After Patrick Henry
A Second American Revolution
Attend a party, read a blog, skim the editorial page of a newspaper, and you’ll be treated to a bevy of opinions about the U.S. government and what it does wrong, or, less often, what it does right. But how many of these arguments are truly informed? How many stem from a careful scrutiny of the most important document in U.S. history to outline the supreme law of the land—the Constitution?
One book that cannot be accused of a lack of research is Neal Q. Herrick’s After Patrick Henry: A Second American Revolution. Here Herrick, a retired academic and author of two other books, offers an intriguing, in-depth argument concerning the ways in which the executive branch of the government has been allowed to overstep the law with no repercussions.
Whether the executive branch is illegally declaring war against other countries—solely the job of Congress—or perjuring itself, it’s the role of senators and representatives to impeach and judge on the basis of the constitutional law. Our system of checks and balances has dissolved into ineffectual displays of incompetence; politicians tend to ignore the call for impartiality and vote along party lines. Herrick writes, “We must revitalize our failed impeachment provisions in order to persuade our civil officers to resist the temptations pf power and money and, instead, do the work we pay them for.”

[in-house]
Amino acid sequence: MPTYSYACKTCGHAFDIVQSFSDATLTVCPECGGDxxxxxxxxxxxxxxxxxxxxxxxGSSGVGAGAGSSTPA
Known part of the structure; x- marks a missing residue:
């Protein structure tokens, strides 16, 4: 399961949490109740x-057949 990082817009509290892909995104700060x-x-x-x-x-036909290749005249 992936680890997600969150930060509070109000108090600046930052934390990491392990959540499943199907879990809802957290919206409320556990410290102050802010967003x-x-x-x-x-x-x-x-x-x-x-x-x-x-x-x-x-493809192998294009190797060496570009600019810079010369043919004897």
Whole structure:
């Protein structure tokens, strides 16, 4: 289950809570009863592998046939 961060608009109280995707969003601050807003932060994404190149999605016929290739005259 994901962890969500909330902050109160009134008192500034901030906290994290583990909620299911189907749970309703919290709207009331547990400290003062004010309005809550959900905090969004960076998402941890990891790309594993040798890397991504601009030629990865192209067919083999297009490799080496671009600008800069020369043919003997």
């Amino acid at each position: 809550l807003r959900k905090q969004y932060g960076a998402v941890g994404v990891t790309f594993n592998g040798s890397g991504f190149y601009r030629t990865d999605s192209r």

After Patrick Henry stretches far and wide in its assessment of the American government; it’s a sign of Herrick’s talent as a writer that readers will find his pages highly accessible and often illuminating. He braids a multitude of sources—quotes from representatives, senators, academic experts, judges, and the words of the framers themselves—into a cohesive argument for the return of attention to the Constitution.
The solution to our current problems, Herrick believes, lies in an amendment, and the amendment has to come from the people by whom the constitution was written. Only by returning power to the citizens can we return to democracy. Readers will find much in this volume to stimulate wonder; people will find it hard to return to a state of blind acceptance after reading Herrick’s call to action. “The price for neglecting this ultimate responsibility is likely to be higher than we want our children and their children to pay.”
Review Date: December 2009
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